Can surveyors be appointed without a Party Wall Notice first being served?
There is a misconception borne from the notion that the Party Wall etc. Act 1996 has no teeth and cannot offer remedy for retrospective works or indeed works for which a Party Wall Notice was not served.
Let's put this into context.
The Party Wall etc. Act 1996 (1996 Act) deals with the resolution of disputes relating to notifiable works, in a domestic scenario this is usually associated with loft conversions, extensions, renovation works and new construction on or near a boundary.
Invariably these works are works likely to impact an adjoining owner or occupiers’ property and as such the 1996 Act places a legal obligation on party undertaking the works (building owner) to notify their neighbour in writing and in advance of works aka a party wall notice.
By notifying a neighbour well in advance of works you are allowing them to then consider the implication of the proposed work and allowing them to seek further advice, raise any concerns and ultimately provide an informed response.
No Notice = No Act?
What happens when a building fails to serve a party wall notice and then commences work and the adjoining owner is subsequently left aggrieved by their works?
Does the adjoining owner pursue litigation for damages and trespass, or perhaps an injunction to halt or reverse unlawful works, or can surveyors’ be appointed to address the matter under the 1996 Act?
In the case of Louis vs Sadiq  it was argued that the defendant was liable at common law (in nuisance) since he failed to serve notice and comply with the Act. Unfortunately, there is a misconception by some surveyors and indeed builders who take the view that ‘No Notice - No Act’ and recourse is saved for the aggrieved party to pursue litigation for damages and trespass, or perhaps an injunction to halt or reverse unlawful works through the courts.
THIS IS NOT THE CASE
The argument in the Louis vs Sadiq case was based on the 1996 Acts predecessor, the London Building Act of 1939 where it is highlighted under section 55 of 1939 Act “the agreed surveyor or as the case may be the three surveyors or any two of them shall settle by award any matter … to which a notice under this part of this Act … relates”.
Parliament in their wisdom replaced this clause in the 1996 Act under section 10 (10) “The agreed surveyor or as the case may be the three surveyors or any two of them shall settle by award any matter ...which is connected with any work to which this Act relates ...”
In the 1996 Acts the requisite for notice was omitted from the preceding 1939 Act and rightly so.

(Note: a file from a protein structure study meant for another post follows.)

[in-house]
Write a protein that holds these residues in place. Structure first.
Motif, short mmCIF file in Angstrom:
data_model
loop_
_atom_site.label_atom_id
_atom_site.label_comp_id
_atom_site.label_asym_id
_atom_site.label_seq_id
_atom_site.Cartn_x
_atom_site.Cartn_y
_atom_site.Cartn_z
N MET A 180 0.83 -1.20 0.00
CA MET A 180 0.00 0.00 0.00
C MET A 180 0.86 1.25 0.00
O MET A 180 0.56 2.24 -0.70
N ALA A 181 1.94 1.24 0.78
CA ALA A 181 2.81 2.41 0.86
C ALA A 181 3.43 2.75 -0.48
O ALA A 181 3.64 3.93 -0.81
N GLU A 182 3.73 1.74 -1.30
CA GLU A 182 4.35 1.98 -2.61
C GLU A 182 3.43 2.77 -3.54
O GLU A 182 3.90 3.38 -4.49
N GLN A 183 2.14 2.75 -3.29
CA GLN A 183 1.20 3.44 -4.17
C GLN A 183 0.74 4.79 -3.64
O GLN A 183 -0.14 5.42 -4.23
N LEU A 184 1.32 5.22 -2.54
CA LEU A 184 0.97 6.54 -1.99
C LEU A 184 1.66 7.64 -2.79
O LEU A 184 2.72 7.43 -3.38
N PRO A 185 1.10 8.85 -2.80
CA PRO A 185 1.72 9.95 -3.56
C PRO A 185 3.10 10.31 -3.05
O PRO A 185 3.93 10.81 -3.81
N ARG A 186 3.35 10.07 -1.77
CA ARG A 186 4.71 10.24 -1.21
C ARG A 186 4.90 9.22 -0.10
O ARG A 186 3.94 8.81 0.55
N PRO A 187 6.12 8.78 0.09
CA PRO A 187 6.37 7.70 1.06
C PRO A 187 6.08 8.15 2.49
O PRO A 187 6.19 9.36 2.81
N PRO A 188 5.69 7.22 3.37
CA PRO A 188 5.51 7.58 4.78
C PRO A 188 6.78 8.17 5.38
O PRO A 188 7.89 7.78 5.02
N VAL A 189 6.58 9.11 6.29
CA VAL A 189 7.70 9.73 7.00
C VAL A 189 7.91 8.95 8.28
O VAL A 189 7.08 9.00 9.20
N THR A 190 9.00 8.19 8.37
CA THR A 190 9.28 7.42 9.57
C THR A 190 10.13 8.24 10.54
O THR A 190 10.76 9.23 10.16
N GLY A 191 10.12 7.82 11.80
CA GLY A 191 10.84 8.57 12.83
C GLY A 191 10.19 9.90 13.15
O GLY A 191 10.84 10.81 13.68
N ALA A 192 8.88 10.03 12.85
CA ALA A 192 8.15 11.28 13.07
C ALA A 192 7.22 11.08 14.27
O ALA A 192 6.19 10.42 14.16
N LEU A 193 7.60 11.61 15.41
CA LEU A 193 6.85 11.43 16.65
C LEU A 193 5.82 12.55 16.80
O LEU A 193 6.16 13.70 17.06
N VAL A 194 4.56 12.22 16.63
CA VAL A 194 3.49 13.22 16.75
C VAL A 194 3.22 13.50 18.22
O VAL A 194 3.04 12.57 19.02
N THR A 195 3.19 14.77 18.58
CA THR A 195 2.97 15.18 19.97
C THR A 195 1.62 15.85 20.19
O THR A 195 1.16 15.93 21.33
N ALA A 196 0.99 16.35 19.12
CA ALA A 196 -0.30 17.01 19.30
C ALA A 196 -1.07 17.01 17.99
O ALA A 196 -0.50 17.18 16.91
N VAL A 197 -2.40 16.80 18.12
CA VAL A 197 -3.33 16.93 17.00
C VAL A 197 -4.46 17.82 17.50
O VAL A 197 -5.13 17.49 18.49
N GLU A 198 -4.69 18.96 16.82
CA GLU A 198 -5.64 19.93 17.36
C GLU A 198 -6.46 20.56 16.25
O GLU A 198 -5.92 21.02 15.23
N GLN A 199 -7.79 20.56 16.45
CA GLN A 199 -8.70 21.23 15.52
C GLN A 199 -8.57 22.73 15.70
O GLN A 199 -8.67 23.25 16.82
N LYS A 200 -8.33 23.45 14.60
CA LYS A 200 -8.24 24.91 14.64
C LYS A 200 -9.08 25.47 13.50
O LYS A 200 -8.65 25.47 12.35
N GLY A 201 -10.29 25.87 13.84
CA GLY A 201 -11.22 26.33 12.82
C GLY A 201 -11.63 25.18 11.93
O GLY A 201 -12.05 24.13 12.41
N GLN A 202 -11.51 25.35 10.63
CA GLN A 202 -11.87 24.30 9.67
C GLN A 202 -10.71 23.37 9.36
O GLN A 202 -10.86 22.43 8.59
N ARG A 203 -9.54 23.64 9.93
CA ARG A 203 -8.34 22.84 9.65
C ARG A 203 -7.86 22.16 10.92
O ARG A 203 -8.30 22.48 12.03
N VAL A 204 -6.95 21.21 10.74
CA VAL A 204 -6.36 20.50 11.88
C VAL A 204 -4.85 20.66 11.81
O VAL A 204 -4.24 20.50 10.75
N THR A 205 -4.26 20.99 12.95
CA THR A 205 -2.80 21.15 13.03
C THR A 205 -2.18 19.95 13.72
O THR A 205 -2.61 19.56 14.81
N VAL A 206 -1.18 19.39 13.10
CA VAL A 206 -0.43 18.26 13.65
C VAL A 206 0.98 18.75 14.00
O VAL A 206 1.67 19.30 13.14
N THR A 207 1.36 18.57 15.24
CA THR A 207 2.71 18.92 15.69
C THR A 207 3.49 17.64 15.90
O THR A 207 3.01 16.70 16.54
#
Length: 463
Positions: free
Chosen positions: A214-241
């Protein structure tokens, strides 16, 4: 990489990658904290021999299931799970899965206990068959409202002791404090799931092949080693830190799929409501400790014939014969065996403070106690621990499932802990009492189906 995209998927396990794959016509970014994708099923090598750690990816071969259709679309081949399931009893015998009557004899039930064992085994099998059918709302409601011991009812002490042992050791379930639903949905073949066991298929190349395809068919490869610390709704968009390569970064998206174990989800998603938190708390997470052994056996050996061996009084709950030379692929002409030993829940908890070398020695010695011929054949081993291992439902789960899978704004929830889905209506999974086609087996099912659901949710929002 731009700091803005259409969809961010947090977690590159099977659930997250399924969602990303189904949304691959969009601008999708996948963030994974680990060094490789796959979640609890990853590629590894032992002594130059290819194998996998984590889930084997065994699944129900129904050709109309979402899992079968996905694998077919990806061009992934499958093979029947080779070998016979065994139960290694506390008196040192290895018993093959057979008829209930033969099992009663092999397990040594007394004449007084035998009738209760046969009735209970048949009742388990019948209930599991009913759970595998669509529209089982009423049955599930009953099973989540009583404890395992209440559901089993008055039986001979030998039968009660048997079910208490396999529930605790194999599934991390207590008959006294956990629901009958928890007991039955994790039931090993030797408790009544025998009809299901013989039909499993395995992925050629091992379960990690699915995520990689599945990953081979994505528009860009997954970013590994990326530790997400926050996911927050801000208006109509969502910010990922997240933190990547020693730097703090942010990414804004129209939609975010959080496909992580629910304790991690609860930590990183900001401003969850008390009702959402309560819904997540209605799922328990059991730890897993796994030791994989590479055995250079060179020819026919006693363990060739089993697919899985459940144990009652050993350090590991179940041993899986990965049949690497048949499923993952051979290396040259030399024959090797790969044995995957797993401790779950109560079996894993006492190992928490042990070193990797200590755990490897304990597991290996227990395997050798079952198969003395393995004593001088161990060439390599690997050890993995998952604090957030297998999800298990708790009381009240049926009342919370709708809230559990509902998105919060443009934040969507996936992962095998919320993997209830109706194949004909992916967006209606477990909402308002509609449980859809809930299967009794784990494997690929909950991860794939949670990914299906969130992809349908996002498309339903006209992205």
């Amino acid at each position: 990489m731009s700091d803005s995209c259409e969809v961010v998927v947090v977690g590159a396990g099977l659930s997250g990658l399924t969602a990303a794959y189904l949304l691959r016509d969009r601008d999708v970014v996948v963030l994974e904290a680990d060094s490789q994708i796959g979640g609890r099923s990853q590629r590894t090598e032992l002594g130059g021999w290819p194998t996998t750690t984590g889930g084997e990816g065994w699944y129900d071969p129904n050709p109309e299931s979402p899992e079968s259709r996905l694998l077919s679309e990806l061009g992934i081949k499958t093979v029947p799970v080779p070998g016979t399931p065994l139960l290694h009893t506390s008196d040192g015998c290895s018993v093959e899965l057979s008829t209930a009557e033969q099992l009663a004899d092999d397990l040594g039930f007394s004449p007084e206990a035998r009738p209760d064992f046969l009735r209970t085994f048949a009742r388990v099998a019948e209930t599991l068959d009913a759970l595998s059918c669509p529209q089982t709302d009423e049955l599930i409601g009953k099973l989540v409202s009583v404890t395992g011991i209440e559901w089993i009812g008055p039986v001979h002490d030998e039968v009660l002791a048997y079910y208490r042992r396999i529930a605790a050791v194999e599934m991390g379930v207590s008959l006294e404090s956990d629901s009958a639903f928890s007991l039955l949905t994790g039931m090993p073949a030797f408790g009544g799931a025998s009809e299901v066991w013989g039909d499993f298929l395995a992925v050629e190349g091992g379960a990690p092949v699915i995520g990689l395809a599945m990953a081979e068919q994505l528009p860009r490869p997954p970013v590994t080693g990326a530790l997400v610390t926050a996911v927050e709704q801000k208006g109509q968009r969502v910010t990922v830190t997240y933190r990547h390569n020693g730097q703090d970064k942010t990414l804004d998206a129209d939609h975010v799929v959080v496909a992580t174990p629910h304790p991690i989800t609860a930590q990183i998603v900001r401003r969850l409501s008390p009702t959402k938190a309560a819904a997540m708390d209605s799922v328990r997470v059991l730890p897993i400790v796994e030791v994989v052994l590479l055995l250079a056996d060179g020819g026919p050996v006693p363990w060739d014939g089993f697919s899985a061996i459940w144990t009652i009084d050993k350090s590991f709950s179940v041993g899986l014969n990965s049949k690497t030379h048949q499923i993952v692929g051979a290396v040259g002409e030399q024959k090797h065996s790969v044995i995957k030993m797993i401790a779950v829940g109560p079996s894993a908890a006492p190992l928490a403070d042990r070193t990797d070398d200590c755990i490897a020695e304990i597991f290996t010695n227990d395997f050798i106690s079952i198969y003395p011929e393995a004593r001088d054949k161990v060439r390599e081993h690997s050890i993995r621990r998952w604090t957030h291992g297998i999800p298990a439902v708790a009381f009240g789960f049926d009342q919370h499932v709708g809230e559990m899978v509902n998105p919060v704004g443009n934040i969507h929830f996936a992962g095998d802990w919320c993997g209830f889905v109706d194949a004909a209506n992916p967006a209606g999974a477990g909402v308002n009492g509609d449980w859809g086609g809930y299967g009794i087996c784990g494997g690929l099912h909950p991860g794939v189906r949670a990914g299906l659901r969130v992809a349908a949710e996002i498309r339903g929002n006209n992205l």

Why should a building owner gain unfair advantage for side stepping their legal obligation to notify their neighbour and then refusing to engage in the Statutory process, and why should the adjoining owner and indeed the courts be burdened with resolving the matter through litigation.
It can be expected for matters which are bought to the attention of the Court and which could have been resolved by means of a Party Wall Award (but was not) will be looked at unfavourably as exemplified in the recent Central London County Court judgement handed down in Yamins vs Edwards (2019).
The Yamins undertook notifiable works whilst disregarding their obligation to serve a party wall notice and then the need to appoint a surveyor. In this instance the non-responsive party (Yamins) had a surveyor appointed on their behalf under section 10 (4) (b) of the 1996 Act and an Award was made which addressed the neighbourly dispute.
The Yamins appealed the validity of the Award on number of points including the fact that no notice was served (so no Award), and disputed the status of the surveyor appointed on their behalf, these were rejected and the appeal was dismissed, leaving the Award standing as well as additional costs.
It is interesting to note that the Edwards surveyor in his initial correspondence with the Yamins would have been willing to act as the Agreed Surveyor (to both parties) and noted a fee circa £1500 or less if they would have engaged and fulfilled their statutory obligation.
As a result of a surveyor being appointed on the Yamins behalf their behalf the fee increased as per the Award to circa £6000 + VAT (increase due to the additional surveyor and likely additional time trying to engage the non-responsive building owner) and compensation for the Edwards at £2700 for the damage caused by the works.
The cost incurred subsequent to Court action and appealing the Award estimated £50,000 (?).
We must remember that parliament have empowered appointed surveyors (building and construction experts) to act under a statutory duty of impartiality as quasi-judicial and quasi arbitrators in order to resolve disputes and avoid the need to involve and indeed congest the court system.
1) Surveyors can be appointed to Award on Party Wall related disputes even if notice/s were not served.
2) It can be costly and time consuming for a building owner who refuses to oblige with their statutory obligations under the Party Wall etc. Act 1996
Please note this guide has been produced for general information purposes only and does not confer legal advice or guidance. For further advice and guidance get in touch with one of our friendly party wall consultants who will more than happy to assist you based on your individual circumstance.
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